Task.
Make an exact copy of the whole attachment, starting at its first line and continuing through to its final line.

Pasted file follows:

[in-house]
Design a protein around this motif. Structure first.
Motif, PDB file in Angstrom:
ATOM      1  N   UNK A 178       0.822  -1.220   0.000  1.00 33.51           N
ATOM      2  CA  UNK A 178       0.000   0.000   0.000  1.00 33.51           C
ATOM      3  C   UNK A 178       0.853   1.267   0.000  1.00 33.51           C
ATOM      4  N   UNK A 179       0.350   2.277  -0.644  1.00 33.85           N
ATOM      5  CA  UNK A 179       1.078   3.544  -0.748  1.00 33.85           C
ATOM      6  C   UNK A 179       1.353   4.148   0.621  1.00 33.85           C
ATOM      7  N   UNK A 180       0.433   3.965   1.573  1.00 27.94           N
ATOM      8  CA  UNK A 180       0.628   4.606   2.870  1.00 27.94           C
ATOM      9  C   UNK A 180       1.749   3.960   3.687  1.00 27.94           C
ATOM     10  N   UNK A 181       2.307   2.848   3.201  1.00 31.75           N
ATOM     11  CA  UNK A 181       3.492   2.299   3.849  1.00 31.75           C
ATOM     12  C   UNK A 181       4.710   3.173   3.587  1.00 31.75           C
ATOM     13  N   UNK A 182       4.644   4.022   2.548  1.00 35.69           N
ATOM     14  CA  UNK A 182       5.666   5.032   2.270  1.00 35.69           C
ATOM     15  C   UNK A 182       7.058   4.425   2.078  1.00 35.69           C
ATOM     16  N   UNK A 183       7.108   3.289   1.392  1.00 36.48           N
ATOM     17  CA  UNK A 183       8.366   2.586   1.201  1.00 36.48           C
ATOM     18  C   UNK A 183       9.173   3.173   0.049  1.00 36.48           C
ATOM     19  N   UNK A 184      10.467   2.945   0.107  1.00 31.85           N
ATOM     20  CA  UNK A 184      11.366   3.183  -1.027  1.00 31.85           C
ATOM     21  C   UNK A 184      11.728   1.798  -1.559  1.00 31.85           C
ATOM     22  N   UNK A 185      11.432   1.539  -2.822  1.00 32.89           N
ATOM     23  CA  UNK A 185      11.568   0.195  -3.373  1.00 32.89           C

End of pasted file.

[in-house]
Design a protein around this motif. Structure first.
Motif, PDB file in Angstrom:
ATOM      1  N   UNK A 178       0.822  -1.220   0.000  1.00 33.51           N
ATOM      2  CA  UNK A 178       0.000   0.000   0.000  1.00 33.51           C
ATOM      3  C   UNK A 178       0.853   1.267   0.000  1.00 33.51           C
ATOM      4  N   UNK A 179       0.350   2.277  -0.644  1.00 33.85           N
ATOM      5  CA  UNK A 179       1.078   3.544  -0.748  1.00 33.85           C
ATOM      6  C   UNK A 179       1.353   4.148   0.621  1.00 33.85           C
ATOM      7  N   UNK A 180       0.433   3.965   1.573  1.00 27.94           N
ATOM      8  CA  UNK A 180       0.628   4.606   2.870  1.00 27.94           C
ATOM      9  C   UNK A 180       1.749   3.960   3.687  1.00 27.94           C
ATOM     10  N   UNK A 181       2.307   2.848   3.201  1.00 31.75           N
ATOM     11  CA  UNK A 181       3.492   2.299   3.849  1.00 31.75           C
ATOM     12  C   UNK A 181       4.710   3.173   3.587  1.00 31.75           C
ATOM     13  N   UNK A 182       4.644   4.022   2.548  1.00 35.69           N
ATOM     14  CA  UNK A 182       5.666   5.032   2.270  1.00 35.69           C
ATOM     15  C   UNK A 182       7.058   4.425   2.078  1.00 35.69           C
ATOM     16  N   UNK A 183       7.108   3.289   1.392  1.00 36.48           N
ATOM     17  CA  UNK A 183       8.366   2.586   1.201  1.00 36.48           C
ATOM     18  C   UNK A 183       9.173   3.173   0.049  1.00 36.48           C
ATOM     19  N   UNK A 184      10.467   2.945   0.107  1.00 31.85           N
ATOM     20  CA  UNK A 184      11.366   3.183  -1.027  1.00 31.85           C
ATOM     21  C   UNK A 184      11.728   1.798  -1.559  1.00 31.85           C
ATOM     22  N   UNK A 185      11.432   1.539  -2.822  1.00 32.89           N
ATOM     23  CA  UNK A 185      11.568   0.195  -3.373  1.00 32.89           C